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If a company plan goes belly up employees get some relief through ERISA which, IIRC, is backed up by us the taxpayers. Public pensions are not covered probably because it was assumed they are already backed up by the taxpayers. As long as these public employees get benefits commensurate with ERISA that would seem fair. In most cases they do better but when it comes to small municipalities it would seem public employee pensions are at greater risk than private since the taxpayer base is not sufficient to provide backup.
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Old 08-05-2011, 08:00 AM   #15
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If I had a job with a pension offered, I wouldn't trust that it will be there by the time I retired. Sad, but true.
Ironically, when I hired into MegaMotors in 1981, everyone told me, "Kid, don't waste your money on contributing to the pension". I took their advice for 10 years before I started to contribute. That decision costs me $20K a year today. The good news is that I did contribute to my own personal pension plan (a forerunner to the 401(k)).

So, ya basically never know, but ya gotta plan for the worst.
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Old 08-05-2011, 08:25 AM   #16
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If I had a job with a pension offered, I wouldn't trust that it will be there by the time I retired. Sad, but true.
This is why I was more than happy that 401k were all the rage when I started working in 1990. As a result, my retirement traveled with me across three jobs, and I am now financially independent.
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Old 08-05-2011, 08:58 AM   #17
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I have had a few opportunities to participate in an employer sponsored defined benefit program. In all cases, the company went out of business before any benefit to me would have been vested. I'm glad I have my 401k instead. I suppose a government entity has a better chance of long term survival, but it's a lot to expect that a private employer will stay in business (and I will stay employed by them) long enough to get paid whatever "pension" benefit they are promising. If I relied solely on such a promise my plans would be devastated when they failed to deliver.
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Old 08-05-2011, 09:08 AM   #18
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The people I know who live near Central Falls (but go out of their way not to drive through it) are surprised only that it took this long for the town to self-destruct.
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Old 08-05-2011, 09:55 AM   #19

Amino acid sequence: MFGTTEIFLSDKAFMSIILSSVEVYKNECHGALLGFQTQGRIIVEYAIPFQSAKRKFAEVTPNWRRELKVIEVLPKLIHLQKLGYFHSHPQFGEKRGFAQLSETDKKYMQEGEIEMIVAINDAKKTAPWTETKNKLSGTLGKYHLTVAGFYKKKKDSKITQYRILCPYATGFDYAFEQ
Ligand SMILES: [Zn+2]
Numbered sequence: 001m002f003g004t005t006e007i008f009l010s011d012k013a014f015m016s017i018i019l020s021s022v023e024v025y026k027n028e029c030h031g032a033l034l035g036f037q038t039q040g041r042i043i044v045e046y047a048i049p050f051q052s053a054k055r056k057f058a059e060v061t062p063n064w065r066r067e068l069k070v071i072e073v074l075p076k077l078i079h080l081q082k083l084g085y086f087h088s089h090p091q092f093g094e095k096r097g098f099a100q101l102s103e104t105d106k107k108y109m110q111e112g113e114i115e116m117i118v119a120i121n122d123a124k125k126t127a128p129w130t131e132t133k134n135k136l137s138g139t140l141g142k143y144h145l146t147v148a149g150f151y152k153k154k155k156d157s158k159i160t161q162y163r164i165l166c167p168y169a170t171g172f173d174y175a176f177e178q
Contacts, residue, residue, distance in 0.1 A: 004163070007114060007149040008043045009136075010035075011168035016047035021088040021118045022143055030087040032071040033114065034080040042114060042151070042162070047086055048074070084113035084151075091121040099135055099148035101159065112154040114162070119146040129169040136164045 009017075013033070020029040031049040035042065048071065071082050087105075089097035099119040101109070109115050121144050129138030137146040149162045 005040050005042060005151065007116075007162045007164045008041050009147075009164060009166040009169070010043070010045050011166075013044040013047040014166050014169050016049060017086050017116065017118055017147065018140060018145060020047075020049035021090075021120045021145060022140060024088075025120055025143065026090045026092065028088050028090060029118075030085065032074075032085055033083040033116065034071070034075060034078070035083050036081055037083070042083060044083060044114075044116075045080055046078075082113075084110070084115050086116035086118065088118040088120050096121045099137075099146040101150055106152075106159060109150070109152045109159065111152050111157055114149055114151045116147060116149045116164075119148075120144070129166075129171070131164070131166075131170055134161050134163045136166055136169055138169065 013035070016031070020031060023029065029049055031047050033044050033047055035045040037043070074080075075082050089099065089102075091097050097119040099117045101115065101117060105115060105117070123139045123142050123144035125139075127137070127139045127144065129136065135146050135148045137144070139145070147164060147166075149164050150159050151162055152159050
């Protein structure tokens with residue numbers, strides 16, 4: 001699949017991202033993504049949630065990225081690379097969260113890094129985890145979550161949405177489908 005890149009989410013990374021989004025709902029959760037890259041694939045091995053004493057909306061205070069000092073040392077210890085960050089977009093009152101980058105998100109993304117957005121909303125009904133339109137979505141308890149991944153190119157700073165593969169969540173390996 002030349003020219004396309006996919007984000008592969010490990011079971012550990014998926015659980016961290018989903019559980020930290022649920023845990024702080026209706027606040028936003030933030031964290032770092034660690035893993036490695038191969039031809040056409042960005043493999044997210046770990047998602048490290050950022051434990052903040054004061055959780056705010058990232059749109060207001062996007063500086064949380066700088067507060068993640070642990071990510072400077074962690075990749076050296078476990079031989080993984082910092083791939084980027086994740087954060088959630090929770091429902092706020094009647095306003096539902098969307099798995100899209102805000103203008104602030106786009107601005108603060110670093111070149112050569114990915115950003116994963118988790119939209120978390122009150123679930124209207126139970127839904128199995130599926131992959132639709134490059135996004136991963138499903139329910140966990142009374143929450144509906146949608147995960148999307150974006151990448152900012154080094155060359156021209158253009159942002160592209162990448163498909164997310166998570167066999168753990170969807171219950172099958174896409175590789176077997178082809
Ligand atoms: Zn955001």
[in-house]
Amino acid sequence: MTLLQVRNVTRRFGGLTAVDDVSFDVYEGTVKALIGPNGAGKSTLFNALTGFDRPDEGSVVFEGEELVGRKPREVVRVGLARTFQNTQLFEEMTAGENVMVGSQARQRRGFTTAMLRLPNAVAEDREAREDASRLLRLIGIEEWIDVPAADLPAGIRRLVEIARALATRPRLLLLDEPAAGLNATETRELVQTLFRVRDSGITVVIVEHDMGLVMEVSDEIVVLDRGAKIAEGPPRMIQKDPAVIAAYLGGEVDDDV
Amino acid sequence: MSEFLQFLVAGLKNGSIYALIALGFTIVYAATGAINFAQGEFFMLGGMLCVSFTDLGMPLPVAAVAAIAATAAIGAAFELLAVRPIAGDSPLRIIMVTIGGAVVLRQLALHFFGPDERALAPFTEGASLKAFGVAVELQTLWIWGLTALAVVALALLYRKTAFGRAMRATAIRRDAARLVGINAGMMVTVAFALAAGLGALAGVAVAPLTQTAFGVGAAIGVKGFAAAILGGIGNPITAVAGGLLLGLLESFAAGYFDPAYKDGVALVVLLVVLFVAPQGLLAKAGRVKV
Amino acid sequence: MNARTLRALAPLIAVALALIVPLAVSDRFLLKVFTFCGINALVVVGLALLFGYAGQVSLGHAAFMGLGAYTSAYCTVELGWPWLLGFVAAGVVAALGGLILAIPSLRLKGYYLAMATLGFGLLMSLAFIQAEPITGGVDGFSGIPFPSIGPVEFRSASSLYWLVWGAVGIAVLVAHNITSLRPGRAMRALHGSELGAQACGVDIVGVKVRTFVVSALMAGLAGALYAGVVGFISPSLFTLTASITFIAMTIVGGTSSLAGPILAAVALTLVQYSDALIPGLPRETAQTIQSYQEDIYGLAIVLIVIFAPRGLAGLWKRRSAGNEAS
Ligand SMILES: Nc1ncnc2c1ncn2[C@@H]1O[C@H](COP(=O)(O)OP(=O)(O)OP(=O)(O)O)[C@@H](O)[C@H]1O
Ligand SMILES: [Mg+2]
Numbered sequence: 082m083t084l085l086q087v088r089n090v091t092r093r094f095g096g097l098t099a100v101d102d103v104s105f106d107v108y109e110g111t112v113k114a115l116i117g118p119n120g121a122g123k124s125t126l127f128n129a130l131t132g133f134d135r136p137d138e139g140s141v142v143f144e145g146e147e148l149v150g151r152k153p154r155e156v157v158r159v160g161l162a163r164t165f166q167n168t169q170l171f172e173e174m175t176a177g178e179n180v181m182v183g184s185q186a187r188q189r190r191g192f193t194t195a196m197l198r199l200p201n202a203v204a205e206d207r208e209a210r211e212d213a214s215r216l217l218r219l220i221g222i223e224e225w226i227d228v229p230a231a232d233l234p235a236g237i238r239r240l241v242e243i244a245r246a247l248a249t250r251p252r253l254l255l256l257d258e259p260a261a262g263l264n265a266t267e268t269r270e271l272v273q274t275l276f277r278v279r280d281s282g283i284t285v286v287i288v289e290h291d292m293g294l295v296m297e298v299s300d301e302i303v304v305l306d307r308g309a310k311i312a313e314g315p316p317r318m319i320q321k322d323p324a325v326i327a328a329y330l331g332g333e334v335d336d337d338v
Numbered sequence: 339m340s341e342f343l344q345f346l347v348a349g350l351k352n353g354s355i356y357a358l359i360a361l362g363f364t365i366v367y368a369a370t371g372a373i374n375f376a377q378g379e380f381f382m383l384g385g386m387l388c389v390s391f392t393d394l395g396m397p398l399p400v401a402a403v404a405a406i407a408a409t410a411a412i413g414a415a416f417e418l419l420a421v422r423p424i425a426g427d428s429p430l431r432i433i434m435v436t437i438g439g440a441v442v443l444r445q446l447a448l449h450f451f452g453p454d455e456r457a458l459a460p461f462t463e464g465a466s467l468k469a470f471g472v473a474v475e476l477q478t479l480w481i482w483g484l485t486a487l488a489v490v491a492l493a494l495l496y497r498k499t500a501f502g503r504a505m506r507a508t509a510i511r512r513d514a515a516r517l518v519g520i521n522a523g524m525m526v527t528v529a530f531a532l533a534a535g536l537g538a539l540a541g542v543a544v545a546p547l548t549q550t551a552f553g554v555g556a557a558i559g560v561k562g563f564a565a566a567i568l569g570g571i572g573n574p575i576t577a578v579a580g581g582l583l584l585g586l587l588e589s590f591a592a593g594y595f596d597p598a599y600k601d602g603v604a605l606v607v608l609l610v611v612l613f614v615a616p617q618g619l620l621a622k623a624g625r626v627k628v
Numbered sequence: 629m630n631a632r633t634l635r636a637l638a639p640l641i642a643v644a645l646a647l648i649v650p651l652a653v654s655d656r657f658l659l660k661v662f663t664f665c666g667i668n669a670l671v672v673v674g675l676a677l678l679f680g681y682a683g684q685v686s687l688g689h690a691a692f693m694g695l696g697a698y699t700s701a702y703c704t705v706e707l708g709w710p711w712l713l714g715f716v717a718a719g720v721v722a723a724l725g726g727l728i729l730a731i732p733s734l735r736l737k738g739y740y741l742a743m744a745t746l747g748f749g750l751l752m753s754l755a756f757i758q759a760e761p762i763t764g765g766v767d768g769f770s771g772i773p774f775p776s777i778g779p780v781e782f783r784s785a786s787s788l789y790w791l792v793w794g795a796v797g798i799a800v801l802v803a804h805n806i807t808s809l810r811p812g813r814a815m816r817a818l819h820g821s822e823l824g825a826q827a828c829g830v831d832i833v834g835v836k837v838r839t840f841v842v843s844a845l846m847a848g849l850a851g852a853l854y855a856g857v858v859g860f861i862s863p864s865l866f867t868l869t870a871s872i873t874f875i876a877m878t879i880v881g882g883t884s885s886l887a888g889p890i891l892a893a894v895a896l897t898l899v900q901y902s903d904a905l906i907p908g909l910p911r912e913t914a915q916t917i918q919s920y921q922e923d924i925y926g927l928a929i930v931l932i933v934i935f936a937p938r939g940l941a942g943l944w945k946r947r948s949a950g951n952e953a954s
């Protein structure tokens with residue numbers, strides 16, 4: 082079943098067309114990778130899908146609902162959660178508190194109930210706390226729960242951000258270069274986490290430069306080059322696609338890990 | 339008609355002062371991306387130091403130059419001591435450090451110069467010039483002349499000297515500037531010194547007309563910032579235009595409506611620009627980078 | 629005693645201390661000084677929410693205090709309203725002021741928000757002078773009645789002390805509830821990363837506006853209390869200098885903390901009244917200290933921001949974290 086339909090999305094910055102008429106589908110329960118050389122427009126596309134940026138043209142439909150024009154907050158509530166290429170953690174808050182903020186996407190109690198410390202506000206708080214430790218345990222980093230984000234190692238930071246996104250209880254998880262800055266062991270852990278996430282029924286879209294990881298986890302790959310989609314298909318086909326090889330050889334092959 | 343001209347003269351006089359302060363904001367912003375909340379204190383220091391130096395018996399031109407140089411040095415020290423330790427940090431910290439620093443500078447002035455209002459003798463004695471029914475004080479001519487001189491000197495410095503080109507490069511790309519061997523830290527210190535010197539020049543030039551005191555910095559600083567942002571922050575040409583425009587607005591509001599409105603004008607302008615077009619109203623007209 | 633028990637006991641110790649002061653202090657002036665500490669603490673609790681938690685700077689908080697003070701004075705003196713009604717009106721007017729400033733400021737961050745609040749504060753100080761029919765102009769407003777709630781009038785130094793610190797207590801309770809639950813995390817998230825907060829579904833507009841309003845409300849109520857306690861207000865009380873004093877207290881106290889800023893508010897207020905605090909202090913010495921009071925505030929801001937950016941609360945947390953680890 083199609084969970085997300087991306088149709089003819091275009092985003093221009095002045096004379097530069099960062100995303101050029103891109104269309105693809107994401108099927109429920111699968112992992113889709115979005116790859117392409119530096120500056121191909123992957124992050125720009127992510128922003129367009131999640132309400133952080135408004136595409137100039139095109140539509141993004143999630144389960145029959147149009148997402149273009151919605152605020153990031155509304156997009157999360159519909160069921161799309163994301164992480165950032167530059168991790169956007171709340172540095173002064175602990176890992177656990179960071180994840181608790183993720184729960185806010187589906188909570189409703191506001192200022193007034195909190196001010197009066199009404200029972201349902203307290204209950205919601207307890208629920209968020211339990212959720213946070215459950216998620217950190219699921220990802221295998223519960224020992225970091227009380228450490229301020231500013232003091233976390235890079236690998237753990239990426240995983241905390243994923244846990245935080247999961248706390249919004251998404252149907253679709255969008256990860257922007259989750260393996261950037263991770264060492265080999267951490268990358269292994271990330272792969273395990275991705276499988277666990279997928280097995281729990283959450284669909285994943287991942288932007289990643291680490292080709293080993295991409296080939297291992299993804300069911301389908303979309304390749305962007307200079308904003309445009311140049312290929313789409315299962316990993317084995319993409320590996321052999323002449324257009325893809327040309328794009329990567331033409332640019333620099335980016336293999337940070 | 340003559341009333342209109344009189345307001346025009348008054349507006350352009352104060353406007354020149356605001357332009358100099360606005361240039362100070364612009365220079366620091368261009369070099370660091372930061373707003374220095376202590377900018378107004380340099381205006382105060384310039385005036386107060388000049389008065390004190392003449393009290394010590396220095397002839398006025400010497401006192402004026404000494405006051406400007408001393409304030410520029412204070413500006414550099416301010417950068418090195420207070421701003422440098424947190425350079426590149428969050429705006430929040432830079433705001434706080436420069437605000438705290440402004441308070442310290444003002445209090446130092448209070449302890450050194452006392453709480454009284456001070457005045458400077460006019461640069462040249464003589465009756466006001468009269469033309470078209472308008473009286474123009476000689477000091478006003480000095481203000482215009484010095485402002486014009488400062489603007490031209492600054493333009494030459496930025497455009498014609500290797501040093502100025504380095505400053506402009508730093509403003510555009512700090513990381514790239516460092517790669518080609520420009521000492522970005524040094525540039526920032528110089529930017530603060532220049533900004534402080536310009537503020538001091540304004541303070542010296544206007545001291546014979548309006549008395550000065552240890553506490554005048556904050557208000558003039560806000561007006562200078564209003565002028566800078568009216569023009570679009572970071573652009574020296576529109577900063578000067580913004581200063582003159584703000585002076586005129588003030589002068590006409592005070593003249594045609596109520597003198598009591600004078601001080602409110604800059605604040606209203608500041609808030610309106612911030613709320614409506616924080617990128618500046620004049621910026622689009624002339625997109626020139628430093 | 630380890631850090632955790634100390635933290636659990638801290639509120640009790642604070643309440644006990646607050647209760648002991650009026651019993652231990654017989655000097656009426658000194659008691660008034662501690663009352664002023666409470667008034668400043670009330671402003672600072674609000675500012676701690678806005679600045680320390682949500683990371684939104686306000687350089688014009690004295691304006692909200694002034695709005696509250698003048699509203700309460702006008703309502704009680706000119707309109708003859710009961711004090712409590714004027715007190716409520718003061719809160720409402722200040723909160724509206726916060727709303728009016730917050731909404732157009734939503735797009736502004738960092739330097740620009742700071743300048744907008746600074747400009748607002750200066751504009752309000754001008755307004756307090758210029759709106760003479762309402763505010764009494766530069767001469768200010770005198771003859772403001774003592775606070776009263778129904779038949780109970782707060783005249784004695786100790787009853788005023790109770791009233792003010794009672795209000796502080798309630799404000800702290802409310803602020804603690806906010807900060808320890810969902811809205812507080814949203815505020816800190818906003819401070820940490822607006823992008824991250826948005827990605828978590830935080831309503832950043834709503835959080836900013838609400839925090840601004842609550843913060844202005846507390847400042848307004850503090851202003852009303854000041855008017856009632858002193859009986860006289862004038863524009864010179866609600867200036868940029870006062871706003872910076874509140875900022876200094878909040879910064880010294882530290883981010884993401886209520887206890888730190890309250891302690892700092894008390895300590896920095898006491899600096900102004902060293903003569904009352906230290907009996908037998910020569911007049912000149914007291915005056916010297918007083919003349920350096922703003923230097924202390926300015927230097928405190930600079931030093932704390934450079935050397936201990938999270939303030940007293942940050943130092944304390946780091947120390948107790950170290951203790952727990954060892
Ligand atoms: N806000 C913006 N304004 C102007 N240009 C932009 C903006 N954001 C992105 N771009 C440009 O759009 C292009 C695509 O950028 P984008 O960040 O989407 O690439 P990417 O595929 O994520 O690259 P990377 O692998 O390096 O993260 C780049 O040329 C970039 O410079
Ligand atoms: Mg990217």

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I haven't read the whole report but read enough to realize that much of the downfall of Central Falls is due to featherbedding by city workers
I didn't read it all either, but while I agree that the unions were way too powerful there, that doesn't negate the responsibility of the elected officials to do their jobs and be the guardians of the peoples' money.
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...a culture of government that has allowed this fiscal crisis to occur without adjusting revenues or expenses or engaging the community in a dialogue about the financial and other challenges the City faces.
Or their jobs as supervisors of the employees' pension funds:
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...prior generations of policymakers failed to make contributions to these trust funds and often allowed employees to make insufficient contributions as well.
I think the people of Central Falls did a terrible job in choosing their elected representatives.
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Old 08-05-2011, 09:58 AM   #20
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If a company plan goes belly up employees get some relief through ERISA which, IIRC, is backed up by us the taxpayers. Public pensions are not covered probably because it was assumed they are already backed up by the taxpayers. As long as these public employees get benefits commensurate with ERISA that would seem fair. In most cases they do better but when it comes to small municipalities it would seem public employee pensions are at greater risk than private since the taxpayer base is not sufficient to provide backup.
Unless I missed something in these posts, there is "insurance" on defined benefit plans. It's called PBGT for Pension Befefit Guarantee Trust" and is specific to defined benefit plans. You can Google it to get all the details.
Too much for me to read but it mentioned that there are about 630,000
people currently covered by the PBGT due to some 3500 benefit plans that went belly up.

Edited: Intended for this post to reply to samclem and not donheff.